"All of the East Coast cities are in the path of the cicadas."
What could be a line of '50s sci-fi movie dialogue is Connecticut research scientist John Cooley's description of the impending invasion by Brood II of genus magicicada.
Which is Latin for ugh, yuck, and eeuuww.
The unappealing, yet rather amazing, periodical cicadas will be ubiquitous from Virginia northward by May, as billions if not trillions emerge from the subterranean lairs where they've been sucking juicy roots for the last 17 years.
Within a couple of weeks, the cicadas molt, search for mates (the boys make all the noise, naturally), do the wild thing, and die. Their offspring then head back underground until their next date with destiny -- 2030.
Sounds like a nasty, brutish and short existence, but these big, red-eyed bugs don't bite, sting, or spread disease. They also have plenty of fans: A website called cicadamania.com includes an online store offering cicada-themed mugs and T-shirts; Missouri musicians recorded a "Cicada Summer" compilation in honor of their local brood in 2011; and some self-described "cicadamaniacs" at the University of Maryland put out a cookbook in 2004.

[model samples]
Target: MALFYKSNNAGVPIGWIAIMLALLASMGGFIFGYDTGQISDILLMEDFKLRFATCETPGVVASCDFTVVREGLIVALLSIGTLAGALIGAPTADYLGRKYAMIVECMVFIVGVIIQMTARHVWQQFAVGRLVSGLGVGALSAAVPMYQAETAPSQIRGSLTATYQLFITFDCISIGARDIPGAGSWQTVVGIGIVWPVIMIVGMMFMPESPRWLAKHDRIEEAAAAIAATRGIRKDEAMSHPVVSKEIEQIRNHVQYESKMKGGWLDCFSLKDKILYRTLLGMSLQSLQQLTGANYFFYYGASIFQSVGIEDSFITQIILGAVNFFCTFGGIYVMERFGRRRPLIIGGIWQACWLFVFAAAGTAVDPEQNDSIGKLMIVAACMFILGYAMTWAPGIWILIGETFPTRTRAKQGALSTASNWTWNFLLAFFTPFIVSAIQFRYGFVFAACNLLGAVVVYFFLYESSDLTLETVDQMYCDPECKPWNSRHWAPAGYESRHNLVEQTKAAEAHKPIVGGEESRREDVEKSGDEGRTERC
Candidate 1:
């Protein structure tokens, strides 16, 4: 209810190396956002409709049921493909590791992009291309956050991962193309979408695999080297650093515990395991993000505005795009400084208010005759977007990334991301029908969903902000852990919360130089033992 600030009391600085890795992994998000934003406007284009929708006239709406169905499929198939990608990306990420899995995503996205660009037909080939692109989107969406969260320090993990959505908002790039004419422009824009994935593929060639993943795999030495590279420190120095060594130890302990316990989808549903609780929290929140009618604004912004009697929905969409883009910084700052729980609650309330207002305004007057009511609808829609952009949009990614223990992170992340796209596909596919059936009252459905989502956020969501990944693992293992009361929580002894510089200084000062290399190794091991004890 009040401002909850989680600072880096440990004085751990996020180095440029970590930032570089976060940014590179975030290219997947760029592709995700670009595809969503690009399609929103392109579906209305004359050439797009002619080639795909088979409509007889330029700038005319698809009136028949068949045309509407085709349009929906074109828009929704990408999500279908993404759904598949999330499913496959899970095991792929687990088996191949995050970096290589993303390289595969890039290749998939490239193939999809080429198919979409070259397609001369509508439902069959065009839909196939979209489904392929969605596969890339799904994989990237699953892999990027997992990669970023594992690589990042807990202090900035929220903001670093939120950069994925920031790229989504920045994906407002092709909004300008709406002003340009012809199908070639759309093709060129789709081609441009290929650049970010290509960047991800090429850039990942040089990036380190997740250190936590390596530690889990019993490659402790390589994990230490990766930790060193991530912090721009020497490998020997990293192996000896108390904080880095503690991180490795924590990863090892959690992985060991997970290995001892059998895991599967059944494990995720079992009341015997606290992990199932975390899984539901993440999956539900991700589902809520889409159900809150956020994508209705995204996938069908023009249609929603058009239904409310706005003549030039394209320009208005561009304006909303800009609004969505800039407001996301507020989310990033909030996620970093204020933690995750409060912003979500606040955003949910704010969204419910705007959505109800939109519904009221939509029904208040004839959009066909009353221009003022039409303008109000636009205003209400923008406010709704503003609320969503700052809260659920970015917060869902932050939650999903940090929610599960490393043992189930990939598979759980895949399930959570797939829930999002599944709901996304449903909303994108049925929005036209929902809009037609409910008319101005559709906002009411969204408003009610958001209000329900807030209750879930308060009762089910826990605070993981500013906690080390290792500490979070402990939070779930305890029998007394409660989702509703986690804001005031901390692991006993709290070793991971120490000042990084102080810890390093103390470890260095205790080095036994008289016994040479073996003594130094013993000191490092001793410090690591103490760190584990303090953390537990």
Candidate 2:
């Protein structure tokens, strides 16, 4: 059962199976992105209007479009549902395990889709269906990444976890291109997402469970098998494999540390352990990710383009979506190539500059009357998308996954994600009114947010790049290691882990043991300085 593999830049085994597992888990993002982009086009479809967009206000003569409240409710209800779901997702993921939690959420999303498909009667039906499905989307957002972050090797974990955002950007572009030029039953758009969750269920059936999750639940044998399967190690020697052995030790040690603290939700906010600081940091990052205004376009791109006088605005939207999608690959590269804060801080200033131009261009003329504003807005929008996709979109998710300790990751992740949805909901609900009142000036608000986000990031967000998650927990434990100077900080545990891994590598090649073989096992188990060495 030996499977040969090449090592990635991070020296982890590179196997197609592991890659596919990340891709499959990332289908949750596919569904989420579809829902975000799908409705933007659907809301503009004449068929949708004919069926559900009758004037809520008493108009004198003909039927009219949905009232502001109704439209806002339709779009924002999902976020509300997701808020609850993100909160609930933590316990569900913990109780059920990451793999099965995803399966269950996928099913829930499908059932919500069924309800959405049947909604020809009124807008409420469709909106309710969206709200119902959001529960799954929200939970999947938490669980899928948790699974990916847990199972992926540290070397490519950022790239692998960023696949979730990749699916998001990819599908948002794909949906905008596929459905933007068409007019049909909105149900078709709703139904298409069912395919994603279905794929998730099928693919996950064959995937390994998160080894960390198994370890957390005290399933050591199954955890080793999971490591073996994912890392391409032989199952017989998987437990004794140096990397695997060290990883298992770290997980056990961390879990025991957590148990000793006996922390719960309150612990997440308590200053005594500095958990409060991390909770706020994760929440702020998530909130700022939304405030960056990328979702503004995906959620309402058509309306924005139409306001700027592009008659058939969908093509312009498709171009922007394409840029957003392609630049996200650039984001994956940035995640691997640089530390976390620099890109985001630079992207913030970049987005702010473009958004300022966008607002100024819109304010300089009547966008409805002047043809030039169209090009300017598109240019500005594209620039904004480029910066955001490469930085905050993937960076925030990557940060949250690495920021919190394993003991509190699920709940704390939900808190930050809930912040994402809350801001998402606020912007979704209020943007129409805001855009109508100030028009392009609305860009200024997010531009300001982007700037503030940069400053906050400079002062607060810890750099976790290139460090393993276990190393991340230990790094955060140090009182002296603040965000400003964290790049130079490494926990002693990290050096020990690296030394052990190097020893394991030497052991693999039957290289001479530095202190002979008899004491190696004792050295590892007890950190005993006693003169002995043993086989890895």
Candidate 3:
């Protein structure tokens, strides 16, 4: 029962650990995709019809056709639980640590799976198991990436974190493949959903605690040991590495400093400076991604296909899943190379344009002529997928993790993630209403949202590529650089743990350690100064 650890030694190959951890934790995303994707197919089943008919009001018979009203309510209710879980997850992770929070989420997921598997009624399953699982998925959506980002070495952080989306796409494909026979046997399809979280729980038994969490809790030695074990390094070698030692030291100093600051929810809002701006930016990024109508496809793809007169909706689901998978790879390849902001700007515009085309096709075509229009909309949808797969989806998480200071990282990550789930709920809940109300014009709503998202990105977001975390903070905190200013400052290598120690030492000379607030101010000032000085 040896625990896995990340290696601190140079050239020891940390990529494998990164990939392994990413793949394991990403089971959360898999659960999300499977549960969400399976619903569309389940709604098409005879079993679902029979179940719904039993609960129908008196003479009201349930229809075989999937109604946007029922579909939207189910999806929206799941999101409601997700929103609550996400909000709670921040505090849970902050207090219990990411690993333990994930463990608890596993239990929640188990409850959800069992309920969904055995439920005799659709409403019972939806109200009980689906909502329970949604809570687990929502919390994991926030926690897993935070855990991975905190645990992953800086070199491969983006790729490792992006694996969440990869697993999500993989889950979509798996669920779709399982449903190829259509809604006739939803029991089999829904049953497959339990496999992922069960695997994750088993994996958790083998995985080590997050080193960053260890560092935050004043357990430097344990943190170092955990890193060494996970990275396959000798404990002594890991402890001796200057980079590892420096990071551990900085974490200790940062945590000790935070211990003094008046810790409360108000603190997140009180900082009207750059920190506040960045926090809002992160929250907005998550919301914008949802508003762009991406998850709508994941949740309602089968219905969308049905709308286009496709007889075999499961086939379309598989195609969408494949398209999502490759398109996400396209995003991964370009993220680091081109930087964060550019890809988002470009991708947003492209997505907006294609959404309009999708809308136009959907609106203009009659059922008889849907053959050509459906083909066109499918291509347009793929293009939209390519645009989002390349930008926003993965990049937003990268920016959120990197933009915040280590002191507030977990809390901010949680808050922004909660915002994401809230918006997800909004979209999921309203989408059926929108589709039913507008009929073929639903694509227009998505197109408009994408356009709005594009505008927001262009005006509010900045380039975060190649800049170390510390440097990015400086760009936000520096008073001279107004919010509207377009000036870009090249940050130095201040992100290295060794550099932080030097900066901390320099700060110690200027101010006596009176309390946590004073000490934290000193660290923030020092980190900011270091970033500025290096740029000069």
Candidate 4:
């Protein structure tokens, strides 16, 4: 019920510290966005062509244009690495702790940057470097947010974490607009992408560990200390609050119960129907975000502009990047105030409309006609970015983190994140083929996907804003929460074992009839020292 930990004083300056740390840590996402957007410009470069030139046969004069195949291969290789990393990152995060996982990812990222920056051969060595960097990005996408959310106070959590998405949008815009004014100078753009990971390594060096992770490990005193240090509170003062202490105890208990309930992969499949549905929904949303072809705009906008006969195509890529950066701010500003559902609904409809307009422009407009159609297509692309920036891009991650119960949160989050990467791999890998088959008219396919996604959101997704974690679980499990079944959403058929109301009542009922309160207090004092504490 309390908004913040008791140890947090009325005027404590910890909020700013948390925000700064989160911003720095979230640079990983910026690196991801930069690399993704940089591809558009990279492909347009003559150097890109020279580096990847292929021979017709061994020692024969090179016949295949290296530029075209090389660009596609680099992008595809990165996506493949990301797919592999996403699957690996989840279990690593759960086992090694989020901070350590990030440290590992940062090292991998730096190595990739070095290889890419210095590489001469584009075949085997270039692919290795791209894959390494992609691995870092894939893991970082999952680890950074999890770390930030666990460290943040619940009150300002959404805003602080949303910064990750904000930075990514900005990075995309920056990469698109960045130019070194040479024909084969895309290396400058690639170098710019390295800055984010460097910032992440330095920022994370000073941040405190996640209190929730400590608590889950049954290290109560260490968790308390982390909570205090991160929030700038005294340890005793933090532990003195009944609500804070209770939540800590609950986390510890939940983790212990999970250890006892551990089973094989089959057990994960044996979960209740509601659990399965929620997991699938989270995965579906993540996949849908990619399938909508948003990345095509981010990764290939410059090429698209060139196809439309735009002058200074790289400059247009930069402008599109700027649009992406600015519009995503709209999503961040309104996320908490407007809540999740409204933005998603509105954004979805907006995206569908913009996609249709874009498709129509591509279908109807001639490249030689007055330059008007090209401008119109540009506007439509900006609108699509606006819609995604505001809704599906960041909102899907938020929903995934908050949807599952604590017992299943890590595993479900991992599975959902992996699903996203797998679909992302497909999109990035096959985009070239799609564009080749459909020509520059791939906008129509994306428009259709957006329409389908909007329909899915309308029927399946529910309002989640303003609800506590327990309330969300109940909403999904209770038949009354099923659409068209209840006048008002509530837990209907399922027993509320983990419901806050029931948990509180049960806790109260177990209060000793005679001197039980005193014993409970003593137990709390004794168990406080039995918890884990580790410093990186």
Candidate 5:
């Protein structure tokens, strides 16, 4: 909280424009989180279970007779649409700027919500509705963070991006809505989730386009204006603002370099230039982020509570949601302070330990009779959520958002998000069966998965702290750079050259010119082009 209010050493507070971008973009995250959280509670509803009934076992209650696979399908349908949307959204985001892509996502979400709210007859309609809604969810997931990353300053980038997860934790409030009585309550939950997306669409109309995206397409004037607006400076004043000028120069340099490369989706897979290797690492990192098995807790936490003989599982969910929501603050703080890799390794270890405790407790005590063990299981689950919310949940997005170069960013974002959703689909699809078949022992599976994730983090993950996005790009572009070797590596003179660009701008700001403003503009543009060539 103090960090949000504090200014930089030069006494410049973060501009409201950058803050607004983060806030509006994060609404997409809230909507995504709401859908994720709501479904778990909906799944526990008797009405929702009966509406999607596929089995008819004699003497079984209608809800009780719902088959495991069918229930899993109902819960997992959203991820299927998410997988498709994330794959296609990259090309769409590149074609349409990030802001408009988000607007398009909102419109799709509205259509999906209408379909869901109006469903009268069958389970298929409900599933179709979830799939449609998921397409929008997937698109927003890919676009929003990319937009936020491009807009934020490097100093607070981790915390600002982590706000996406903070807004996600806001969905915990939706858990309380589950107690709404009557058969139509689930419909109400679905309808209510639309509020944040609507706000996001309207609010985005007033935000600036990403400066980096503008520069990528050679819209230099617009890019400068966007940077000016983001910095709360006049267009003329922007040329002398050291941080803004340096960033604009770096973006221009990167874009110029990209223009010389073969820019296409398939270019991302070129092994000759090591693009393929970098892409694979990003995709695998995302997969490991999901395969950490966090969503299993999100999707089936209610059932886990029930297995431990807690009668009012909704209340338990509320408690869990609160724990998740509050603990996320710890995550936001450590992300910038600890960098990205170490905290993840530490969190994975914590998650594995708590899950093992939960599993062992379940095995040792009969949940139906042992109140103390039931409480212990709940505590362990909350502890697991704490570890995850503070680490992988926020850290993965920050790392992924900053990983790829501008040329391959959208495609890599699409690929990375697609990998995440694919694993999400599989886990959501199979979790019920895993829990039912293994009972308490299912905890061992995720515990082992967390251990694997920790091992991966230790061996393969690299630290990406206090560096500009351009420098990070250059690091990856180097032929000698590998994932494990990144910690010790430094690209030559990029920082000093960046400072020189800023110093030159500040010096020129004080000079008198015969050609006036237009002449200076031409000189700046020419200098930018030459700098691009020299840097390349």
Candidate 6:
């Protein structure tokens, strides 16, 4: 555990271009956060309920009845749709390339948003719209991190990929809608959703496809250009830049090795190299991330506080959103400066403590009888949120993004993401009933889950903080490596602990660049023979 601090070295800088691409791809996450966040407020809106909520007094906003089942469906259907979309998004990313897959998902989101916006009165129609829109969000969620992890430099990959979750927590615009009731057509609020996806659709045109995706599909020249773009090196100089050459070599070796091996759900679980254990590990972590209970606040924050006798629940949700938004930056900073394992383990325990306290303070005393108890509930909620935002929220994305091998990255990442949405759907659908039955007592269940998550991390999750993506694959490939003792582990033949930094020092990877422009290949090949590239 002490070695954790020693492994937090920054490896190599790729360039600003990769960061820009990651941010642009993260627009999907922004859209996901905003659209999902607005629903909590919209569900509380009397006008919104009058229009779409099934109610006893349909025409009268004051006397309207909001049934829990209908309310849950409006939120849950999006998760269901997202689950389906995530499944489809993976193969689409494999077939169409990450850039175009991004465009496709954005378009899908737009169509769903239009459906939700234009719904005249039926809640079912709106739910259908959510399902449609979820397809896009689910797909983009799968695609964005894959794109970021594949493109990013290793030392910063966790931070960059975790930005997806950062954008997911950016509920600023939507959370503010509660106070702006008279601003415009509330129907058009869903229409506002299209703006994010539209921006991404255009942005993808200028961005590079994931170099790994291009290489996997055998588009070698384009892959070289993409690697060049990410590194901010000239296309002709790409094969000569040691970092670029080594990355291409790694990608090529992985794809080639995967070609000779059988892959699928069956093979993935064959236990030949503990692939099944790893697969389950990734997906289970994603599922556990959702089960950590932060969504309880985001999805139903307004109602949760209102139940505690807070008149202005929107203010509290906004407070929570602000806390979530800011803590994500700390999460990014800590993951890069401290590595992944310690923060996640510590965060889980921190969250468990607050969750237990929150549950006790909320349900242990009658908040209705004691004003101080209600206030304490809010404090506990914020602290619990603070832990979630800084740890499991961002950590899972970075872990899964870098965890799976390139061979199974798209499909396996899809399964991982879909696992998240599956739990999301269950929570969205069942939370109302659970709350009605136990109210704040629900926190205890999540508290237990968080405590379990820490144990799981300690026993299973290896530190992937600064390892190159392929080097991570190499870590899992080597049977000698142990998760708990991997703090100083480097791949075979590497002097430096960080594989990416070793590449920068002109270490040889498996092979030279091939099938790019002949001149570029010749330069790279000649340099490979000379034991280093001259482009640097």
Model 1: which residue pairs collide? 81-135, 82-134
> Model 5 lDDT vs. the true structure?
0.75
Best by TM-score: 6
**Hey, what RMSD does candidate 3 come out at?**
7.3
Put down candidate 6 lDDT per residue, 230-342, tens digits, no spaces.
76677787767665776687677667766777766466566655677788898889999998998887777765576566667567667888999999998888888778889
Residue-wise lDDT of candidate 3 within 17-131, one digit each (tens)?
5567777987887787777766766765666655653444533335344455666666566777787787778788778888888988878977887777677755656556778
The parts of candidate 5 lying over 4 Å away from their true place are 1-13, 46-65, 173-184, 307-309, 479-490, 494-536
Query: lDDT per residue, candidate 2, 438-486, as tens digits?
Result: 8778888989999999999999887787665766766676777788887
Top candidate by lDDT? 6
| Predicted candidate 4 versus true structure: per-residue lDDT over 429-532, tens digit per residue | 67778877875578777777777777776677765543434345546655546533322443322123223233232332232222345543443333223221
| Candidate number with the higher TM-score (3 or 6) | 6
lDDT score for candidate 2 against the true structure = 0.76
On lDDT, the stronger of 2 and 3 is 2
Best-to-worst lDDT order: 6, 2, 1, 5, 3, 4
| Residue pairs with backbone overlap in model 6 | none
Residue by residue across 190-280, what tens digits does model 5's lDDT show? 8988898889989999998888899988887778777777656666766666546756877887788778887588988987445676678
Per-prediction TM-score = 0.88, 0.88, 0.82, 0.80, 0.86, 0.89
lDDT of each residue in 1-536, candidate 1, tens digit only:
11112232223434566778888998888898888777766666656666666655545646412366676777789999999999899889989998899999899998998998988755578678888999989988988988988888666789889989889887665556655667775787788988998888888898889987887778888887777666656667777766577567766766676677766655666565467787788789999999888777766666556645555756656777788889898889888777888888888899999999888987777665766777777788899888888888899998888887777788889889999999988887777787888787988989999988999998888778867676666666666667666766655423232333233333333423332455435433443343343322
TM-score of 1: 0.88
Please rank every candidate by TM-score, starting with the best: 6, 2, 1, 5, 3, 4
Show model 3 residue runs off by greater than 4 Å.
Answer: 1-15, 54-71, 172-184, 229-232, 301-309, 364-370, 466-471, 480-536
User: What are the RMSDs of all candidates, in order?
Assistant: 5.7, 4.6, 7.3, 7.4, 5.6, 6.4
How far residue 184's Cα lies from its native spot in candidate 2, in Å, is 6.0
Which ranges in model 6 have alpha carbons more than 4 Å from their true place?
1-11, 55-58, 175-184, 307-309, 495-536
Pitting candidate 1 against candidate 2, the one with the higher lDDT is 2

That booklet includes recipes for cicada stir-fry ("serve over whole-grain rice and add soy sauce to taste"), cicada dumplings, and "Maryland" cicadas. Seasoned, needless to say, with Old Bay.